Tuesday, February 26, 2013

PROSE: To Do And Not To Do (That Is Not A Dilemma)

I carry around a lot guilt in that I do a good deal of writing and picture-making--and much too much thinking--but rarely, if ever, "do anything with it," as is often told me. I know I don't "do anything with it," because, for me, the self-promotion that is required to "do anything with it", I tell myself, is beneath me. I see myself coming from a long line of creative people, who did things but "never did anything with it;" they did what they did out of a necessity to do it, and doing something with it only distracted them from the doing. For me, it's easier for a heavy duty stapler and a fine grade of construction paper to perform the same task that Knopf performs for others. While walking home today from the Schomburg, I realized that I will never be like everyone else. Never. No matter how hard I try, so I had best try to figure out who I am; what I do, and act on that knowledge, to figure out, once and for all, the value of possessing the will to do and the will not to do anything with it.

PILLOW TALK: Adventures In My Facebook Inbox, Or: What Kind of Black Person Are You?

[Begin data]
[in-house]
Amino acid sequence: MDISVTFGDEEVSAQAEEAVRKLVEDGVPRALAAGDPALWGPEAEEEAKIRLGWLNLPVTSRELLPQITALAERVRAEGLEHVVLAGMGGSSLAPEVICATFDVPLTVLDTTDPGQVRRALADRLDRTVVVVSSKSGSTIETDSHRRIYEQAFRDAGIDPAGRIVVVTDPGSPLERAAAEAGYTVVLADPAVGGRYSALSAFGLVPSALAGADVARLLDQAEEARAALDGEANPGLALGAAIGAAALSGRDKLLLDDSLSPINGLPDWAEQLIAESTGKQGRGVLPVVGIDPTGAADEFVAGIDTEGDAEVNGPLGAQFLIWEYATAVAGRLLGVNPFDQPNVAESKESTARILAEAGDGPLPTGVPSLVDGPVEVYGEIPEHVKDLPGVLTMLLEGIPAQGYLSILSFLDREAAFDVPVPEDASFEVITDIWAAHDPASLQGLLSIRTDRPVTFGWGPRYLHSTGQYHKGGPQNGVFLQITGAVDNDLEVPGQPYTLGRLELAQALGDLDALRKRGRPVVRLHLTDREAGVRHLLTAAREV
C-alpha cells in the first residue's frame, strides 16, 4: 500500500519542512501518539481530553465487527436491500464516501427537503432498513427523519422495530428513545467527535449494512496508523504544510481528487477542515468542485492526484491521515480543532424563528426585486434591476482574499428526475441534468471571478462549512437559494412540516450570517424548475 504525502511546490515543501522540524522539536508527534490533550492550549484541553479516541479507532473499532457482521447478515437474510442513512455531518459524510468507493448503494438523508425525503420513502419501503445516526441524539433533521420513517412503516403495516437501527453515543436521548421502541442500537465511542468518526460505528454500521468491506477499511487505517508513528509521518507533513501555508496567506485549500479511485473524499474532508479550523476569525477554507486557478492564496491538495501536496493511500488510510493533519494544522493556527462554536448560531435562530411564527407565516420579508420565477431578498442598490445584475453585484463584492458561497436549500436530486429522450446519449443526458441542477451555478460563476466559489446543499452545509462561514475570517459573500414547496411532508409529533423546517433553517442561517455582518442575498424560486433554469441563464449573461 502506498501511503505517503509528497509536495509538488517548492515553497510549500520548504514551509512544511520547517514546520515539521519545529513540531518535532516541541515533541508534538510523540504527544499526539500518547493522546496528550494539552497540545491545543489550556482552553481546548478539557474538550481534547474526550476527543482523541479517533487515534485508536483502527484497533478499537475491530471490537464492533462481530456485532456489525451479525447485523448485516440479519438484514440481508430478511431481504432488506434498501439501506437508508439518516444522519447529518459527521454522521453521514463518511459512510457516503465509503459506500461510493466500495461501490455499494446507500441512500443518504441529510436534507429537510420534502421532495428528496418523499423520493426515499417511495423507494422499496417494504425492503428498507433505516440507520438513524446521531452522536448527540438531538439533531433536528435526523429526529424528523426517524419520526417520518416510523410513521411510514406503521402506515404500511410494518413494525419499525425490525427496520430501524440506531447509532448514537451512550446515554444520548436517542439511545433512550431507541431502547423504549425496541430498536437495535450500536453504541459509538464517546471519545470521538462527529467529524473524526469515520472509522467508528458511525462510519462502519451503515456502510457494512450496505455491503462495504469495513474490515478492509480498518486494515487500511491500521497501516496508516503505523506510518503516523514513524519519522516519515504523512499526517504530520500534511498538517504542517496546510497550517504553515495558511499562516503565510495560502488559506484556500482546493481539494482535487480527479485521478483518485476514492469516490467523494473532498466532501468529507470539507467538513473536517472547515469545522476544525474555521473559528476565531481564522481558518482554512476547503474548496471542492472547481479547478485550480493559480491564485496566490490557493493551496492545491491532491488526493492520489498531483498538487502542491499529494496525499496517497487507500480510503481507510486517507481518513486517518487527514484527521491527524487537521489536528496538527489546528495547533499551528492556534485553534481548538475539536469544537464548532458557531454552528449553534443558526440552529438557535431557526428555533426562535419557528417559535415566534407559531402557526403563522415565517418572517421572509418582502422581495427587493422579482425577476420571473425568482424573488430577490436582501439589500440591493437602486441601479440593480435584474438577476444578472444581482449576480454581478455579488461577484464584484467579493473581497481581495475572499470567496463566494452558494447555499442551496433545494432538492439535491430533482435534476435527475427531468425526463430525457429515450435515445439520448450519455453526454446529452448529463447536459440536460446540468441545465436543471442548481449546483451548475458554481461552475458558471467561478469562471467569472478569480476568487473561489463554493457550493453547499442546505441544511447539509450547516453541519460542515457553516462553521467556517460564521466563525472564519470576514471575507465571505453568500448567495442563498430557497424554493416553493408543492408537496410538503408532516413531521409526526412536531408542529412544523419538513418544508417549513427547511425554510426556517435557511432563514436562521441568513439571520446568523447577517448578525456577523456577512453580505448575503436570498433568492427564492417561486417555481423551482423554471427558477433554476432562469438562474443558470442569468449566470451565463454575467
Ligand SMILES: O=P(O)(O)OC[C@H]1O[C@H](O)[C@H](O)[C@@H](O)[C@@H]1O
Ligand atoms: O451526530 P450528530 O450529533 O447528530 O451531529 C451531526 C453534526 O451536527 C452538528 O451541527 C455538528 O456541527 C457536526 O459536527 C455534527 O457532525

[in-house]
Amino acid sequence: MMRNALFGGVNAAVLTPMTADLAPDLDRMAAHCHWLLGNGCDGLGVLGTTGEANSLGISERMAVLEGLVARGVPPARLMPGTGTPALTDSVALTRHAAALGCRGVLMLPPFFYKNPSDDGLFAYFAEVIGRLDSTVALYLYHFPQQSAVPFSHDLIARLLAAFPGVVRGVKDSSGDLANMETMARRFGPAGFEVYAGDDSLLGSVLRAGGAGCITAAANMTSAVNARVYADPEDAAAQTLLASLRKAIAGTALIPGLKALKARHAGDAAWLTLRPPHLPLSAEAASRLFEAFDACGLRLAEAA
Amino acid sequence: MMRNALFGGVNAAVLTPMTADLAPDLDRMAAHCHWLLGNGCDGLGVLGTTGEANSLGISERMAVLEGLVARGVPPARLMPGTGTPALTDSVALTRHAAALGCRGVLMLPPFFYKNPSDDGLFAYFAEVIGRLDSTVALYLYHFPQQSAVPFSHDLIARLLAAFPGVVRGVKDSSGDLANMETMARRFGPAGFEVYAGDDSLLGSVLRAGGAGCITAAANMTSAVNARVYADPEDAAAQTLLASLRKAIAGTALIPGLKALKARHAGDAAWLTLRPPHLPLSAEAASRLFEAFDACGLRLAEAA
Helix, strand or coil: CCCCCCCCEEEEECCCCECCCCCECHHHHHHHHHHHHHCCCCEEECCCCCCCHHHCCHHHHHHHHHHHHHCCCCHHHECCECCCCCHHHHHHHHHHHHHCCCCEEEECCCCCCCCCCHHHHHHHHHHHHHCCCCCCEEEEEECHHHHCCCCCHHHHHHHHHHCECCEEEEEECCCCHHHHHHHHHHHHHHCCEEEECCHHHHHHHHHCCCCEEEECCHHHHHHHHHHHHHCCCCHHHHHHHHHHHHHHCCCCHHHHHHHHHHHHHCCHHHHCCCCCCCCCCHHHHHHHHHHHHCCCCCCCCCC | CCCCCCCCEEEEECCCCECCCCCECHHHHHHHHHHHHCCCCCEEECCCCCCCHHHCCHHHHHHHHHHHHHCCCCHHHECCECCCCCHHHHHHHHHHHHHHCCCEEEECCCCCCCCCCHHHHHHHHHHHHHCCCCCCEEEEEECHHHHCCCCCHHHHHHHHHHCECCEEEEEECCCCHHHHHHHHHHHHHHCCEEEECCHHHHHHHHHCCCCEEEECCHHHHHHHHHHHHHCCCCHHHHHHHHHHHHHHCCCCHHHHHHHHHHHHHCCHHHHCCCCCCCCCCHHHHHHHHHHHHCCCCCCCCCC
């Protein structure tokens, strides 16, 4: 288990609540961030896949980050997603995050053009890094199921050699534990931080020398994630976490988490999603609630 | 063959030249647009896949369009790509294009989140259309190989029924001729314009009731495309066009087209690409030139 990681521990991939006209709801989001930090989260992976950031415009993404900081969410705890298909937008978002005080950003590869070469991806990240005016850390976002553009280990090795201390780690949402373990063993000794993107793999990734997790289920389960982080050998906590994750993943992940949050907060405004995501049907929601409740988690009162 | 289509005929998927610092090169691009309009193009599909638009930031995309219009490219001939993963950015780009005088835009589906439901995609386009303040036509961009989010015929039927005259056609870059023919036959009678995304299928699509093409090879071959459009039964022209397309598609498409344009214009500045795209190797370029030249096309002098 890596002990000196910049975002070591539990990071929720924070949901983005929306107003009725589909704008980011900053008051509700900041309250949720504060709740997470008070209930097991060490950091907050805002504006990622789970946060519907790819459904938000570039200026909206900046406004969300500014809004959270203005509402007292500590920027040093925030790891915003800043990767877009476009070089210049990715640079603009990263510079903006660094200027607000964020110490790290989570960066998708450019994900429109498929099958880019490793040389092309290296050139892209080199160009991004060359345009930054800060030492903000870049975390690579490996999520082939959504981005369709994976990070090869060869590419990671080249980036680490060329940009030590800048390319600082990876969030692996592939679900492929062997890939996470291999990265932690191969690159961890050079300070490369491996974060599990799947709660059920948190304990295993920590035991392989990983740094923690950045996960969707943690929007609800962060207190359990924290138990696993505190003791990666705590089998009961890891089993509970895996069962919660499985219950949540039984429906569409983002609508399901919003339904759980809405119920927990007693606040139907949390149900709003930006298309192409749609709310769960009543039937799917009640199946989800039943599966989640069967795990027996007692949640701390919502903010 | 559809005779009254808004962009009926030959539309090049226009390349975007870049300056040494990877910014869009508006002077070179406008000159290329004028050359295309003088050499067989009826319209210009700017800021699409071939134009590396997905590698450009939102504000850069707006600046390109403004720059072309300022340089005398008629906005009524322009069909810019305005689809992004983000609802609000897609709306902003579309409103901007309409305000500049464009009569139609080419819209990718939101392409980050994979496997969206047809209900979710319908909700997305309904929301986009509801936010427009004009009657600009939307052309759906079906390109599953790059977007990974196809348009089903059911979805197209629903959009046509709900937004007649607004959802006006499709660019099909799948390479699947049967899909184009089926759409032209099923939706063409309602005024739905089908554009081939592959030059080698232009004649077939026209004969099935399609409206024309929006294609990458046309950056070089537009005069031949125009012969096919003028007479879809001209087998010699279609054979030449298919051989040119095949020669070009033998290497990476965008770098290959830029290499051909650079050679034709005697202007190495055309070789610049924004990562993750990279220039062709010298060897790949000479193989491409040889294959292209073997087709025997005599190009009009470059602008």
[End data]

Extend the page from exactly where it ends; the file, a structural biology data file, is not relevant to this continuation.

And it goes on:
On February 26, 2013, I received the following message, in the form of a question, in my Facebook inbox: "What kind of black person are you?" 

Two things before I share my reply: 

1) I was thrilled to see "black" not being used as a noun, though I suspect that had there been more than one of us "blacks" would have ended up being abused as a noun; 

3) I was even more thrilled that black wasn't written as Black;

2) Since I was not Facebook friends with the person who sent me the message, I could not help but wonder whether they paid a dollar to hurl an insult; I have to admit that I would feel a certain about of gratification, if they did.

My reply in four parts:

1) I am the kind of black person that tries his darndest to see my racist identification as only one of my many identifications.

2) I am the kind of black person understands that my racist identification as black is not something I chose for myself; rather, it is something externally and arbitrarily imposed and not a product of nature.

3) I am the kind of black person who understands that I am only able to kick that racist identification to the curb in the safety of  
my home or social media sites or the around the seminar table or lecture hall, although the latter two sites are not anywhere as safe as they once were, and you're a good example of what can happen on Facebook.

4) I am the kind of black person one who recognizes that if I am careless enough to walk out of my door, not accepting, not recognizing that my only identification is black in the minds of almost everyone around me, I could end up with some forty-odd bullets hurled at me to remind me that there are people out there who still believe in witches.

I hope this helps.

Gregory Christopher Baggett